The Census Bureau on Thursday released the data used to draw congressional and state legislative district lines, starting a nationwide scramble to draw new boundaries in time for next year’s midterm elections.
The data, based on last year’s once-a-decade canvassing, showed that population growth in the United States over the past decade has slowed, as 52% of counties have smaller populations in 2020 than they did in 2010. Instead, almost all of the nation’s population growth was in its cities, the data showed, a trend sure to highlight the urban-rural divide already prominent in American politics.
“Metro areas are even more prominent this decade as the locations of population growth amidst otherwise widespread population decline,” said Marc Perry, senior demographer of the US Census Bureau population Division, at a Census Bureau news conference Thursday.
The declining rural population and increasing concentration of Americans in cities could in some places provide favorable conditions for Democrats – whose voters are more urban than Republicans’ rural base – as states begin their processes of drawing new legislative boundaries. Rural congressional districts that have for the last decade favored Republicans were more likely to see their populations shrink, which means that new versions of those districts would in some cases need to incorporate more voters from urban, Democratic-friendly areas.
However, it won’t be clear how the new data will shape the 2022 midterm elections until states complete their new maps in the weeks and months ahead.
The data is coming more than four months later than usual – after some states’ deadlines to have new maps in place have already passed.
“What we’re expecting with the delay is that a number of states are going to run into issues with deadlines that they have for the redistricting process,” said Adam Podowitz-Thomas, the senior legal strategist for the Princeton Gerrymandering Project and the Princeton Electoral Innovation Lab, ahead of Thursday’s data release.
Some states have constitutional or statutory deadlines – set in anticipation that the Census Bureau would deliver the necessary data on time – that are imminent or in some cases have already been missed.
In Colorado, independent panels have already produced draft maps, which they plan to finalize by October 1. Some states, including Iowa and Ohio, have even less time. Many state legislatures will need to hold special sessions this fall focused on redistricting – a task they’d typically handle in the spring during their regular sessions.
Virginia and New Jersey – which hold state legislative elections this November – are proceeding under their existing maps, rather than the new ones that would typically have been in place by now.
In April, Census Bureau officials released data that showed which states would gain and lose seats.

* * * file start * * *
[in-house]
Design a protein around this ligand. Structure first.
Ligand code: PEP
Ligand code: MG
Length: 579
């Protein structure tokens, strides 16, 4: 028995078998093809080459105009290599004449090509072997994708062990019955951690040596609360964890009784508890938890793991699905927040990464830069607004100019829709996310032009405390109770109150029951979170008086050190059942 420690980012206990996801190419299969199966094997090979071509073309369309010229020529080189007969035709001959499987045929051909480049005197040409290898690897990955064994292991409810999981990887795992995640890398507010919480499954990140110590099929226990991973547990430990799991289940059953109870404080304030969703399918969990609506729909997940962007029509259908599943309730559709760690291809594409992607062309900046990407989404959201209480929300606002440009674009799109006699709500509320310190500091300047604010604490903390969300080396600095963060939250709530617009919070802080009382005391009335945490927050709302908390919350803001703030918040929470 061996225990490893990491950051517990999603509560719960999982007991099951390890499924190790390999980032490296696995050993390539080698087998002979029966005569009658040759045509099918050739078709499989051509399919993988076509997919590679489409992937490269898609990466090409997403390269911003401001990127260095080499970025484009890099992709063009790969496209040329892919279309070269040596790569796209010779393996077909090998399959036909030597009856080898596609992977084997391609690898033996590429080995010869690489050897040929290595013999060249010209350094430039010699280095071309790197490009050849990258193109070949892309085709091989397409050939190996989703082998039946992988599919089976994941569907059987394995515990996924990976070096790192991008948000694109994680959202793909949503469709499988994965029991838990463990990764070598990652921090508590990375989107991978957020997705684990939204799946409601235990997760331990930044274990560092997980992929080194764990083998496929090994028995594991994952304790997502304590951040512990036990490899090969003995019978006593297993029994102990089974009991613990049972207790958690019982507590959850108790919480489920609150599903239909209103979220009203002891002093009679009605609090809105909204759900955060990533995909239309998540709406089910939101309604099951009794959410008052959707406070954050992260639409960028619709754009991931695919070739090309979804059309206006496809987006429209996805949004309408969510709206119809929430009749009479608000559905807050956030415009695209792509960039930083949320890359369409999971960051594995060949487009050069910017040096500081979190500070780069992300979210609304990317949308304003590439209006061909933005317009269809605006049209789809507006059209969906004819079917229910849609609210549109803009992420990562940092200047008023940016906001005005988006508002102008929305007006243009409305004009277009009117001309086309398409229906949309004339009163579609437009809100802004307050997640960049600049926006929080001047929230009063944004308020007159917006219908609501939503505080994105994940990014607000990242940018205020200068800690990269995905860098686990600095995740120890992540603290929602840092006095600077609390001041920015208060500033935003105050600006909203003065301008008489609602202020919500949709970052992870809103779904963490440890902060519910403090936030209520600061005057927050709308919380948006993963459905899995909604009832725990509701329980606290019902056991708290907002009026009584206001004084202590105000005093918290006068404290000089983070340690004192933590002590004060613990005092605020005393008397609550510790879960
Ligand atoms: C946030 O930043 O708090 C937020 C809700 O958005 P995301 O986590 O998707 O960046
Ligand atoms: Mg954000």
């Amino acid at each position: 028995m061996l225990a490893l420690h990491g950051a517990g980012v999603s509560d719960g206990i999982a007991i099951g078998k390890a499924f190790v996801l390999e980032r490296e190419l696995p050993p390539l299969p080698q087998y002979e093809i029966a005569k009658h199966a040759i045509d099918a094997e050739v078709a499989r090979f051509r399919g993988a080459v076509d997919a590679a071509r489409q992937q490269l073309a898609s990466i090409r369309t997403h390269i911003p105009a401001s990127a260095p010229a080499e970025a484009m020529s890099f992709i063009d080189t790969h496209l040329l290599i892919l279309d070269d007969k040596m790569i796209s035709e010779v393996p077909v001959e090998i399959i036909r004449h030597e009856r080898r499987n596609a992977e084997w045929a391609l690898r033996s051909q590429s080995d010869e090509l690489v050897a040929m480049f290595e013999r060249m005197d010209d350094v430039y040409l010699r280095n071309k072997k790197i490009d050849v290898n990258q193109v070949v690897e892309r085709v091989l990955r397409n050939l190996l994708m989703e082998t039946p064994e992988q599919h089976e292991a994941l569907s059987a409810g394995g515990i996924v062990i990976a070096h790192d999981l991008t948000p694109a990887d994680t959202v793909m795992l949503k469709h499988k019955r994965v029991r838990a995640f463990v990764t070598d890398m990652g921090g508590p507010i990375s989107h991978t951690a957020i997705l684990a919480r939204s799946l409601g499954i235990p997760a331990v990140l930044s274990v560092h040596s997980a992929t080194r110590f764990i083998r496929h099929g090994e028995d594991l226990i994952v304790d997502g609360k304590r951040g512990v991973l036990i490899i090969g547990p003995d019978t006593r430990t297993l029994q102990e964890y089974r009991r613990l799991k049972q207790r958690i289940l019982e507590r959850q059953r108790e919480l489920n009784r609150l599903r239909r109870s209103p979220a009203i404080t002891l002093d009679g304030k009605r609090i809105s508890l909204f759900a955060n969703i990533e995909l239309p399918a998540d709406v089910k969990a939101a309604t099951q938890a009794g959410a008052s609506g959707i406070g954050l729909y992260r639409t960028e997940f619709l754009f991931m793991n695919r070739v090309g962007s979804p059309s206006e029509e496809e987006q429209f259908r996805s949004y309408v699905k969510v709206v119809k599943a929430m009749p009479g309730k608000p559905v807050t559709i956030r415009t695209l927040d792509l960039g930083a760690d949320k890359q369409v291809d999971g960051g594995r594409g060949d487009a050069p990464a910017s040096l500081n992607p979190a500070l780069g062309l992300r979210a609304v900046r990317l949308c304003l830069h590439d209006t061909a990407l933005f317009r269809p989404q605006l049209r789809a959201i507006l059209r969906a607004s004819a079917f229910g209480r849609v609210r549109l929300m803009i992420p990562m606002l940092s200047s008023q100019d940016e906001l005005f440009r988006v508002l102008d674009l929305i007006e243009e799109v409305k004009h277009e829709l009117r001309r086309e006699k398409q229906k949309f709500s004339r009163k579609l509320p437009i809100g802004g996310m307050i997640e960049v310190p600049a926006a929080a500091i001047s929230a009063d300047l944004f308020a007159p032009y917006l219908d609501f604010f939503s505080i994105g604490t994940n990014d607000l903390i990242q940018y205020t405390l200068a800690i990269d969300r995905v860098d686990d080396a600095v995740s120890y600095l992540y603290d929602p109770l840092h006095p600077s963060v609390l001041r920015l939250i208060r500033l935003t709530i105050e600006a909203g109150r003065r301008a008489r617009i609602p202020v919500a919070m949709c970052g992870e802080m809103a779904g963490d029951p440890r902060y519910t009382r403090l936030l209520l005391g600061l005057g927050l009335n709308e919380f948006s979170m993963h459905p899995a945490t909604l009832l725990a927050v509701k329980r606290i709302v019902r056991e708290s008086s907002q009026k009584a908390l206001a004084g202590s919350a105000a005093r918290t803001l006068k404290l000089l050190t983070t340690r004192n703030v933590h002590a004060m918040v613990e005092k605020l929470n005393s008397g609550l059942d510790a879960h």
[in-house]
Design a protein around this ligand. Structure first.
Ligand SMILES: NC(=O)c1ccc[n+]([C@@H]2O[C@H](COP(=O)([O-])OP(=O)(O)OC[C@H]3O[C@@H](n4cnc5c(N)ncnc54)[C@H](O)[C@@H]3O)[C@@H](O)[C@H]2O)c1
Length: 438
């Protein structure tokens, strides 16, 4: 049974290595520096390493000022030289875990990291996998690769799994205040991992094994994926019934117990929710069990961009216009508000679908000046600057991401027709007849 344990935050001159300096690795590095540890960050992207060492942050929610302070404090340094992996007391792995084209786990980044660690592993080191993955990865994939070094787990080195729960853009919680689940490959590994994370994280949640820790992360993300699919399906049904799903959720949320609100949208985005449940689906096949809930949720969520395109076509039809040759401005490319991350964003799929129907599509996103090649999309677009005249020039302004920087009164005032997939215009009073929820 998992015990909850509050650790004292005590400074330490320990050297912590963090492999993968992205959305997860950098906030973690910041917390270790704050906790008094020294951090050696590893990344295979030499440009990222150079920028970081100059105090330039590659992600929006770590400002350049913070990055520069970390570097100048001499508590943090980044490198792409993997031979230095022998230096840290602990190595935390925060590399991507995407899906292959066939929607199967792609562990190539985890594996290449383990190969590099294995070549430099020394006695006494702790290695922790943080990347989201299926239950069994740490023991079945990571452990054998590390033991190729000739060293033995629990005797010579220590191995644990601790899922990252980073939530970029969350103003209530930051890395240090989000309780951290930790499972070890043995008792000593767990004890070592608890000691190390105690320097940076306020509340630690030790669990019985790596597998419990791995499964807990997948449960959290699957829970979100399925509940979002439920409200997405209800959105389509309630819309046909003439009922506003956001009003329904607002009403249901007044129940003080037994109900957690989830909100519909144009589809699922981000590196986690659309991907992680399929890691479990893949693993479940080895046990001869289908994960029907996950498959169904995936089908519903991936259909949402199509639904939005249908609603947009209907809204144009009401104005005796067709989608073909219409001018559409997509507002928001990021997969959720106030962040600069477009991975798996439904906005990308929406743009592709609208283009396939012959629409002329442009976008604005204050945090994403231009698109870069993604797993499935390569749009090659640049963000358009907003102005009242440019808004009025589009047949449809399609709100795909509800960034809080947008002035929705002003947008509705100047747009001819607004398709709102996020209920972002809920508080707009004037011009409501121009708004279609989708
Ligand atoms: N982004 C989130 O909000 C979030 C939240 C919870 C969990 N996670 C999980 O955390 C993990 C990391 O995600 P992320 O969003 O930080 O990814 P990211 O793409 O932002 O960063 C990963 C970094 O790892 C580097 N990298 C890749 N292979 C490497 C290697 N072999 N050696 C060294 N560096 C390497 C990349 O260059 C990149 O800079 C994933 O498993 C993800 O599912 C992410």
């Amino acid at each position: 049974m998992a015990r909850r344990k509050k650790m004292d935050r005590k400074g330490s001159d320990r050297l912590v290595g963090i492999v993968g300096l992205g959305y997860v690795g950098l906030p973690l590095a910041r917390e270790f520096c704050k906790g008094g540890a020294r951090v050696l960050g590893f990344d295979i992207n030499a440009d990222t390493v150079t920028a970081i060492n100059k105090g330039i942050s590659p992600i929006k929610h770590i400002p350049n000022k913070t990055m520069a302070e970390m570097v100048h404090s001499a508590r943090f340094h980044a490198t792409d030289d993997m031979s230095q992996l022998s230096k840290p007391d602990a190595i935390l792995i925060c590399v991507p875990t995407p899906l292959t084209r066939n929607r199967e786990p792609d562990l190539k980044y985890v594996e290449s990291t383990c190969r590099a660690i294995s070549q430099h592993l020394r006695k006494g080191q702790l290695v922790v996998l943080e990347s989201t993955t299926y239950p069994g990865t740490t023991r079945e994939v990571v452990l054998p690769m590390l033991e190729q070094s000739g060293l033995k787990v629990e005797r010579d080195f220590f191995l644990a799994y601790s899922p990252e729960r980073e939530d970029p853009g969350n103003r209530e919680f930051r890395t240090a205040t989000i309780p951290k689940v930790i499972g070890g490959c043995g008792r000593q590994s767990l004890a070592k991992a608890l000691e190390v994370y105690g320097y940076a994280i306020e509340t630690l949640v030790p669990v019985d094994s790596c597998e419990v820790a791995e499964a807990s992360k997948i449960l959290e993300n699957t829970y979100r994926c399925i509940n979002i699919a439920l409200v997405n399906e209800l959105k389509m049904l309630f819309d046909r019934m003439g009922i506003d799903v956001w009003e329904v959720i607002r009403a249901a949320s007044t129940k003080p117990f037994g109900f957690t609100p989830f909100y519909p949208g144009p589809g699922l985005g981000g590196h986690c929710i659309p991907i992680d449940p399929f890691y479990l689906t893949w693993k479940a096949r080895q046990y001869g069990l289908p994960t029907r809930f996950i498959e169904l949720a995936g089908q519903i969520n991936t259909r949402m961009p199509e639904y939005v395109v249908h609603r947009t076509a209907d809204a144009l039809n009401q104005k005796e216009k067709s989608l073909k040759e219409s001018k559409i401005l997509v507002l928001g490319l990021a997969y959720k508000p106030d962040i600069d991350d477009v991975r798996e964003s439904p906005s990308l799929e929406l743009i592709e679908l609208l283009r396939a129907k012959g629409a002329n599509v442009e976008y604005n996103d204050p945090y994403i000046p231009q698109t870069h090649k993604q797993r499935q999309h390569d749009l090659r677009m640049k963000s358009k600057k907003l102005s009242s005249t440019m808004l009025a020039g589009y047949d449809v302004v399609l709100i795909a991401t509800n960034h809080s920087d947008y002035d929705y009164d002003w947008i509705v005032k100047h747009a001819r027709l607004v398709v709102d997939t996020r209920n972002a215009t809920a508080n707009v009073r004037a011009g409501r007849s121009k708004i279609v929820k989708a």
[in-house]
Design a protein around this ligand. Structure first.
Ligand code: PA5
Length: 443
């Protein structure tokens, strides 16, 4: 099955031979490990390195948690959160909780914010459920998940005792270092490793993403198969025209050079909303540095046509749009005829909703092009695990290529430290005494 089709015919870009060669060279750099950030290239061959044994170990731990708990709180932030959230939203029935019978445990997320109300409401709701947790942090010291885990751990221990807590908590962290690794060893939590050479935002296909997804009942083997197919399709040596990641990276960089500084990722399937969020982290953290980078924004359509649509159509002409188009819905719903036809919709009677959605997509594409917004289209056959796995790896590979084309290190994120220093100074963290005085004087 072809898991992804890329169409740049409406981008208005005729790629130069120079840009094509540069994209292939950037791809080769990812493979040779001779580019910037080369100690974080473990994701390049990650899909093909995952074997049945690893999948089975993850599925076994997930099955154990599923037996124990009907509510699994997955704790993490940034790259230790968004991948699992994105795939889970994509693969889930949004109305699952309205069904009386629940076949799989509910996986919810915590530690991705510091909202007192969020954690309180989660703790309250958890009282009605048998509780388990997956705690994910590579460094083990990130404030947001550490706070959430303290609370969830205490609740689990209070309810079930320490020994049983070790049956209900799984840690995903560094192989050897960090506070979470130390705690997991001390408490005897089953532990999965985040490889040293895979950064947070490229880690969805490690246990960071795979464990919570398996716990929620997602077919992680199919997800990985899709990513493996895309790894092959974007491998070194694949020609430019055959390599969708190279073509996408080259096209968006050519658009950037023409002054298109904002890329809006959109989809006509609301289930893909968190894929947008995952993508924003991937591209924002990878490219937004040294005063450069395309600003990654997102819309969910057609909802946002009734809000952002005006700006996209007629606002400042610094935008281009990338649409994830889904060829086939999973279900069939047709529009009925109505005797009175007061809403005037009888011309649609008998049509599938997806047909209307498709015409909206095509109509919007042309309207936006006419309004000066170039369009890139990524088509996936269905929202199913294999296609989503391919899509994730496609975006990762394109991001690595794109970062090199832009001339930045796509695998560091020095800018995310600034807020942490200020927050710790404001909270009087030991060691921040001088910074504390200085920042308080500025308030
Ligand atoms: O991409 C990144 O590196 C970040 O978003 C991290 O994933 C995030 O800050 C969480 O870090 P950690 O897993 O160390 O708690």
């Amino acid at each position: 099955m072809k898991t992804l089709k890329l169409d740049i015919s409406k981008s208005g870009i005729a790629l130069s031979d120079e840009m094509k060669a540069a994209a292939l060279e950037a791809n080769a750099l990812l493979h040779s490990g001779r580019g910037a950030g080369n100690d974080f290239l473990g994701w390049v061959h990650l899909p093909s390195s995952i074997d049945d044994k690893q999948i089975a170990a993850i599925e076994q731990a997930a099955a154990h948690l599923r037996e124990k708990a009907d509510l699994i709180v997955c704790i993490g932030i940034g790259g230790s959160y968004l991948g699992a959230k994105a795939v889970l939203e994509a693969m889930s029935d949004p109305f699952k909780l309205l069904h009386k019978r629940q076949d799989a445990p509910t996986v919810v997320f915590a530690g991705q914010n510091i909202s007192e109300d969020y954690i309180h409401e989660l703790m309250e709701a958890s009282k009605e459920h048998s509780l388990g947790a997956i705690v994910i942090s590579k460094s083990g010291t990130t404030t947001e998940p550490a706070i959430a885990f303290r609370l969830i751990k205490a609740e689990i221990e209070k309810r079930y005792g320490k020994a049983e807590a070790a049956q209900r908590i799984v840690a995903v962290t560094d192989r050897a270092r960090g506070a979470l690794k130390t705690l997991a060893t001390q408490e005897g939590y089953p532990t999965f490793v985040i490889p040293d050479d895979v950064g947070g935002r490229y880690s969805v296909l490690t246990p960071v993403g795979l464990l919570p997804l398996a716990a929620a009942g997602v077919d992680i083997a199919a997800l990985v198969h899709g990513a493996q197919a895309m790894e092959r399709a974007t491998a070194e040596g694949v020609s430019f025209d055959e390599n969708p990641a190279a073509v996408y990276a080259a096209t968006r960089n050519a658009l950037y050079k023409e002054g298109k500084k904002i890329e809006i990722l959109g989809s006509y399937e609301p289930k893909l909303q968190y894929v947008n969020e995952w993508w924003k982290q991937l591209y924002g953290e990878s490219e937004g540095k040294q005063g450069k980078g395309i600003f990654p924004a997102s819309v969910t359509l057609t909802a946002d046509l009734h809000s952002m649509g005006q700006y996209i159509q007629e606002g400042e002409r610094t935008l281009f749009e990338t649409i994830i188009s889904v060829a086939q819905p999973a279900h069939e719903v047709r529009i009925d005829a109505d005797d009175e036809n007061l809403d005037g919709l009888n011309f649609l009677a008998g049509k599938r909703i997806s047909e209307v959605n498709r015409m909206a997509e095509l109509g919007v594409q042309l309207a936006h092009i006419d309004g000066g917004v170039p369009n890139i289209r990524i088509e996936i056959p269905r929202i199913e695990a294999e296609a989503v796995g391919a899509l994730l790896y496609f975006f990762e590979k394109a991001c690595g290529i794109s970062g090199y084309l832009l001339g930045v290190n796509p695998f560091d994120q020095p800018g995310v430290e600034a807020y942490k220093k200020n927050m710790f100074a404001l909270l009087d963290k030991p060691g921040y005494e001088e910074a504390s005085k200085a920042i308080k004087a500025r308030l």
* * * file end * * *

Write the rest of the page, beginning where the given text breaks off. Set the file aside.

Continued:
Texas is gaining two House seats, increasing its total to 38 – second only to California’s 52. The third-highest total is Florida, which will add a seat, increasing its House ranks to 28. North Carolina, Oregon, Colorado and Montana are also each gaining a House seat.
Seven states each lost one seat: the traditional battlegrounds Michigan, Pennsylvania and Ohio and Democratic strongholds California, New York and Illinois, as well as West Virginia.
Thursday’s release will provide the more detailed neighborhood-level data that legislatures and redistricting commissions need to draft maps with precise boundaries for congressional and state legislative districts.
The neighborhood-level data is typically released by April 1. Census officials have blamed the delay on the coronavirus pandemic, which hit the United States in early March of 2020 – a critical time for the census process. Then-President Donald Trump’s administration also fought to exclude noncitizens when splitting seats in Congress between the states.
Outside groups that are tracking states’ redistricting process – gauging the partisan makeup, implications for minority groups and more as maps are proposed – will also face intense pressure amid the condensed redistricting schedule.
“Particularly in the states where they’re going to try to rush the process, it’s on reform groups and advocates to pay attention and really carefully watch over what the legislature’s going to do – being at every public hearing that is held,” Podowitz-Thomas said.
The data the Census Bureau releases Thursday will be what’s called the “legacy version” – a technical version of the data that states and political parties can plug into proprietary software to use to begin drawing maps.
A less-technical version – easier to read and for outside groups and individuals without access to that proprietary software – will come on September 30.
However, a number of organizations this year plan to release versions of the data that would allow individuals and outside groups to measure the makeup of proposed districts more quickly than in previous redistricting cycles.
This story and headline have been updated with additional developments Thursday.
CNN’s David Wright and Janie Boschma contributed to this report.